Monday, February 27, 2012

Fading first day of school blues

Week 5 of school and the first day blues are fading. We’re not out of the woods yet, but the path is smoother and the undergrowth is thinner and hides fewer dangers.

Much to our relief The Complicated One is making friends quickly. Last week after morning assembly I watched him walk back to class holding hands with a little girl (who he later told us he is going to marry!). They were the only ones holding hands – it looked terribly sweet.

He even quietly admits to enjoying many parts of the school day.

He loves doing little jobs - delivering the lunch orders from the canteen, couriering the school banking envelopes from classroom to front office, being bag police.

He’s fully into his readers, and taking up the challenge of reading a new book each night. He loves us filling out the diary that records what he’s read and what he liked about it, and getting a sticker.

There are a few kids who like him are already reading. But everyone’s different. While some kids are struggling with the curriculum, he’s still struggling with some of the social aspects.

He reckons recess and lunch are too long. Which we guess is related to the friends situation, which while much improved is still a source of some agitation for him.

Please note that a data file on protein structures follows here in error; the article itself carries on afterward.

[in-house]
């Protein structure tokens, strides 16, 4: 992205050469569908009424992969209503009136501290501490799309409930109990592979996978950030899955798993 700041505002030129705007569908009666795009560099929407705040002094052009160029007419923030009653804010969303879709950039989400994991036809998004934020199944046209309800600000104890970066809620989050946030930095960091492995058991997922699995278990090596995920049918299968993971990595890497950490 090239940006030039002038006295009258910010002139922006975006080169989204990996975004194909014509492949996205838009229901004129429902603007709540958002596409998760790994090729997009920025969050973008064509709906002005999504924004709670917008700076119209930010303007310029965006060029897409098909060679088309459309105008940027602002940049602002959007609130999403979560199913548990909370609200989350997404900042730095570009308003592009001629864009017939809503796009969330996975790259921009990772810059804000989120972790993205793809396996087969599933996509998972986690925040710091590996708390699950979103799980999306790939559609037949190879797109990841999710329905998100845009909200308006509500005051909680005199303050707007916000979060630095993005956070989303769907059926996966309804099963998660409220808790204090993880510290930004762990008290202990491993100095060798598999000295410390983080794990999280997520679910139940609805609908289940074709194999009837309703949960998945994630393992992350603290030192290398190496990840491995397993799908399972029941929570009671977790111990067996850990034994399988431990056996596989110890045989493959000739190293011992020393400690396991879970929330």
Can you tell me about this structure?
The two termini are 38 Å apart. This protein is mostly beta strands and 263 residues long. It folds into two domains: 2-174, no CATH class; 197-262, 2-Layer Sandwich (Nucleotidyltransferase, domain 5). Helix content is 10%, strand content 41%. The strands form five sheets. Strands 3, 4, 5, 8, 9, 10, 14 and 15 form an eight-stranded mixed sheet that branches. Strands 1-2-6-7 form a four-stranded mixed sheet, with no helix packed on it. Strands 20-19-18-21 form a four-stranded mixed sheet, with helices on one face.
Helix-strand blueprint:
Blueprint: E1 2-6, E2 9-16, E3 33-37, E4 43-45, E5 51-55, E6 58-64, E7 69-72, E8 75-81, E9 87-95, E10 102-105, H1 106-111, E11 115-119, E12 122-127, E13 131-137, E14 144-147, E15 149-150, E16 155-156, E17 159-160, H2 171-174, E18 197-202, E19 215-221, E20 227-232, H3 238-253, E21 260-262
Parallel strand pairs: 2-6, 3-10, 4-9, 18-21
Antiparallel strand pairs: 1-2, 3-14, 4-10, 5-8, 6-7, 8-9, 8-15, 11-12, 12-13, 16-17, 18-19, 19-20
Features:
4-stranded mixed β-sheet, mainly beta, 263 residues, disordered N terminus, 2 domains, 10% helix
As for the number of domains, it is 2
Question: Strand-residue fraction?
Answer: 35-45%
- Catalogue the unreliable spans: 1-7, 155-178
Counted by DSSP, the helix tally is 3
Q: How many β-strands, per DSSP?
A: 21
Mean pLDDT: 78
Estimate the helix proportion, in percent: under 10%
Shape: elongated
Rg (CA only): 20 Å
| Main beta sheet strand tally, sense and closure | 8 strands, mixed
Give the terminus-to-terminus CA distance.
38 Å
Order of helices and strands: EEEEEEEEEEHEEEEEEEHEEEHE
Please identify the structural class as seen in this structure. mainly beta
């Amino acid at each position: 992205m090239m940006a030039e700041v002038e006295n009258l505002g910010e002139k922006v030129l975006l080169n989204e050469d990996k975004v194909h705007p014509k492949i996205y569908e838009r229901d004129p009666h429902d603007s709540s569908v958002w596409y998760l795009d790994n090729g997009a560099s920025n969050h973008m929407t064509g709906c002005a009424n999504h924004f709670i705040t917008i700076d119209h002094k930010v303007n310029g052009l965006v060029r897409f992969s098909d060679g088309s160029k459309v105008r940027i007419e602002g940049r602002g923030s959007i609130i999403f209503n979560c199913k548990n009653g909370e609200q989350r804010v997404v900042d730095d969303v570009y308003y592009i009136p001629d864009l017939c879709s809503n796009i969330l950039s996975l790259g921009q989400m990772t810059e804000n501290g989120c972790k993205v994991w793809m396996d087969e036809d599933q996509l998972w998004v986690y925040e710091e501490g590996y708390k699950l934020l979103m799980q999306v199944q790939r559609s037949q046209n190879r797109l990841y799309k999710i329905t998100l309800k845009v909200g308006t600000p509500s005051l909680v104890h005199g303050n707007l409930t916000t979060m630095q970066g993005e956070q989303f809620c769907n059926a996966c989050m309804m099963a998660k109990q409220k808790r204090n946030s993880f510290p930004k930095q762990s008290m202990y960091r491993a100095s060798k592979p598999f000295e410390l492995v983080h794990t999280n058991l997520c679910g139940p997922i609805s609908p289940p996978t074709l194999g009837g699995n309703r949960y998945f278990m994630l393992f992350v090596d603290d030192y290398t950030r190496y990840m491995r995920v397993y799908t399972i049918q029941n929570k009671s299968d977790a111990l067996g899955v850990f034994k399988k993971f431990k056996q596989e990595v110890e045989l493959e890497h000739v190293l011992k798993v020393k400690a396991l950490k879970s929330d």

Waiting in the playground for the music that signals morning assembly, he still won’t leave my lap, even though we’re often surrounded by a group of kids asking him to play.

Deep down we know that of course he’ll soon be running off without a backwards look. But we also know that he’s always taken longer than most to settle into new social situations.

It’s a matter of being patient. We’re just so relieved he’s not still crying himself to sleep, and that most mornings we can trundle off to school with little or no complaint.

Doesn’t mean he’s enjoying it, or it’s easy – but he’s coping.

We were warned by friends with kids who recently went through Kindy of the terrible rages that can occur after school. Tired and stressed kids who’ve been holding it together all day suddenly let themselves explode in the safety of their home.

We’ve had a few of these episodes. Often it’s a brief bit of yelling and crying over a small thing that he’d normally take in his stride.

So most afternoons it’s like walking on eggshells – don’t upset the crazy Kindy pupil in the corner!

It's just a matter of adjusting my medication and taking it in our stride.

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